“The Hunger Games”
By MICHAEL WALTERS
“The Hunger Games” books are a teen lit trilogy with aspirations higher than the self-absorbed moping of teen girls, and the dreamy moping gazes of sparkling vampires. It’s one young adult book adaptation I can get behind and fully embrace because the movie is actually as good as some of the die hard fans think it is.
A post-apocalyptic “Running Man” crossed with “Survivor” with a heavy dose of meta-commentary on our current reality TV obsessed culture
Sometime in the future in what’s left of North America, a rich, powerful and oppressive Capitol rules the land. Twelve satellite districts live powerless in its shadow. As punishment for a decades old rebellion – the Capitol chooses one teenage boy and one teenage girl from each district to compete in a reality television competition to the death known as “The Hunger Games.”
Jennifer Lawrence is Katniss — a self reliant girl from District 12 who knows her way around a bow and arrow and hunts her own game illegally to help support her family. When her far more helpless younger sister is chosen in the drawing for “The Hunger Games” she volunteers to take her place.
Each “Tribute” as they’re known, is groomed into an easily identifiable character. They arrive in a sort of awe inspiring parade representative of a morbid bloodthirsty Olympics where the brutal nature of competition lurks just barely below the pomp and circumstance. But there’s more than brute force at work. Popularity also gives the tributes an advantage, because much like contestants on “American Idol,” the public’s votes can save them and provide all sorts of extra perks to get one out of a jam.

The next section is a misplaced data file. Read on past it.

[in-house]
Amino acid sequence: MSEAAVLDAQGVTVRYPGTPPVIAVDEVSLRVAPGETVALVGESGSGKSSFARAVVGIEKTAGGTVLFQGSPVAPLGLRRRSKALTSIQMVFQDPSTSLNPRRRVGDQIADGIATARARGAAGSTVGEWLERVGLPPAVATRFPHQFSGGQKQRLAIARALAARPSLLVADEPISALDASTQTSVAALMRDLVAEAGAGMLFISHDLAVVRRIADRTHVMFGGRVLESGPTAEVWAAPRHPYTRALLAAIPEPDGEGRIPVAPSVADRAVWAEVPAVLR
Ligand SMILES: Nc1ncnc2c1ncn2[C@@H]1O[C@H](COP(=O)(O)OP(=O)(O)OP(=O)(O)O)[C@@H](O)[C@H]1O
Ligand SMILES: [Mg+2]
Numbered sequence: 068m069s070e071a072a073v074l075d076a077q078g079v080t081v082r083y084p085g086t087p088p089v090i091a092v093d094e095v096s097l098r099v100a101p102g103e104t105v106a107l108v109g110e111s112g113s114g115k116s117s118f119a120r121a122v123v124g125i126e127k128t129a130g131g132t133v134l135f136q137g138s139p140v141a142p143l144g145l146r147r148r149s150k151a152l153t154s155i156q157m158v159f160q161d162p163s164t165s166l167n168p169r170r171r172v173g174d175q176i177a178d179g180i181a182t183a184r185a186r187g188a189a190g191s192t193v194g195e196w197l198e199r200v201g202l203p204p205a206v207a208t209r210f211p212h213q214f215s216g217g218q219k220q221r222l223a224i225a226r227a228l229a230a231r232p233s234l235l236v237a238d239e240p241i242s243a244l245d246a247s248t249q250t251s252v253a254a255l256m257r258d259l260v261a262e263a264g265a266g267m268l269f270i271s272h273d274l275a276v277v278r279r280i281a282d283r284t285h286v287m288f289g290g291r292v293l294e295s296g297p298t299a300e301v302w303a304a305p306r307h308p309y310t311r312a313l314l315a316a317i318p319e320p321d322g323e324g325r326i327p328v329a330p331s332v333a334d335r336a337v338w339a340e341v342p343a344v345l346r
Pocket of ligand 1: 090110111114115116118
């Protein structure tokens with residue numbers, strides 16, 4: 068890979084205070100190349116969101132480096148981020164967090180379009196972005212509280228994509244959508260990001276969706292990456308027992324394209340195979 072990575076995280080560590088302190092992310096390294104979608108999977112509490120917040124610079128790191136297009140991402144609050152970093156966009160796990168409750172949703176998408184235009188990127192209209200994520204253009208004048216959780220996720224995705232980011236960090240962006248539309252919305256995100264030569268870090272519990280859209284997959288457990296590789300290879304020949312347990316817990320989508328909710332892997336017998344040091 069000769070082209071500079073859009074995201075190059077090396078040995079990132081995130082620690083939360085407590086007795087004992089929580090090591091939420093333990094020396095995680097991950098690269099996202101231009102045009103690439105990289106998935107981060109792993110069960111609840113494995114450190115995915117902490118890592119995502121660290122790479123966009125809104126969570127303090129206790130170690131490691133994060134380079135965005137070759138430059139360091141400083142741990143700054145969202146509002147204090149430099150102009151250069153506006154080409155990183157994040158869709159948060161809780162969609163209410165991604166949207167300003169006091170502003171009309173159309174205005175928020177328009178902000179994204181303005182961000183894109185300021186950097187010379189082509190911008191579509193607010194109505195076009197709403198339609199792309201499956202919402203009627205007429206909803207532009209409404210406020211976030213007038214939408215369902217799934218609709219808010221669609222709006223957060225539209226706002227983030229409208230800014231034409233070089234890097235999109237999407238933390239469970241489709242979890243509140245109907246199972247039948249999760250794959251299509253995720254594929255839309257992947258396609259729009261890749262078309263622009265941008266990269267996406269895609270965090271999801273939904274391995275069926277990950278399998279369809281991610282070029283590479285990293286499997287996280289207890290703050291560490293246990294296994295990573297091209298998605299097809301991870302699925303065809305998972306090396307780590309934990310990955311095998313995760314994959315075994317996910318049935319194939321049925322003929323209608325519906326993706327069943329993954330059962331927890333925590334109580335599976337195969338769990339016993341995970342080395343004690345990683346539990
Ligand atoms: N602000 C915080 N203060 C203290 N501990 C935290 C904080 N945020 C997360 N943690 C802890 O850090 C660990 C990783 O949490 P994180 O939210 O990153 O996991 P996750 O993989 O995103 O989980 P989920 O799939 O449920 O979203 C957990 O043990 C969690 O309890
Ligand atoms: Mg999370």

For a movie about two dozen teens fighting it out to the death, the violence is more sanitized than you might expect. I found it’s more implied than explicitly shown, and while that may help the PG-13 rating, you have to wonder what a more visually inventive, and depraved director might have done with it.
Author and screenwriter Suzanne Collins does little to mask the mechanics moving the action forward behind the scenes and the film is a little clumsily plotted at times. But she’s got the guts of a good story here and one that lends itself to cinema quite well.
It helps that “The Hunger Games” is stocked with acting ringers like Jennifer Lawrence, Elizabeth Banks, and a delightful Woody Harrelson as Lawrence’s mostly drunken mentor Haymitch, the only tribute from district 12 to ever win the Hunger Games. It also helps that the dead eyed stare of that vortex of suckitude Kristin Stewart is nowhere to be found.
It’s not high art by any means, but I count it as refreshing to see an immensely popular blockbuster with more on its mind than just killing time.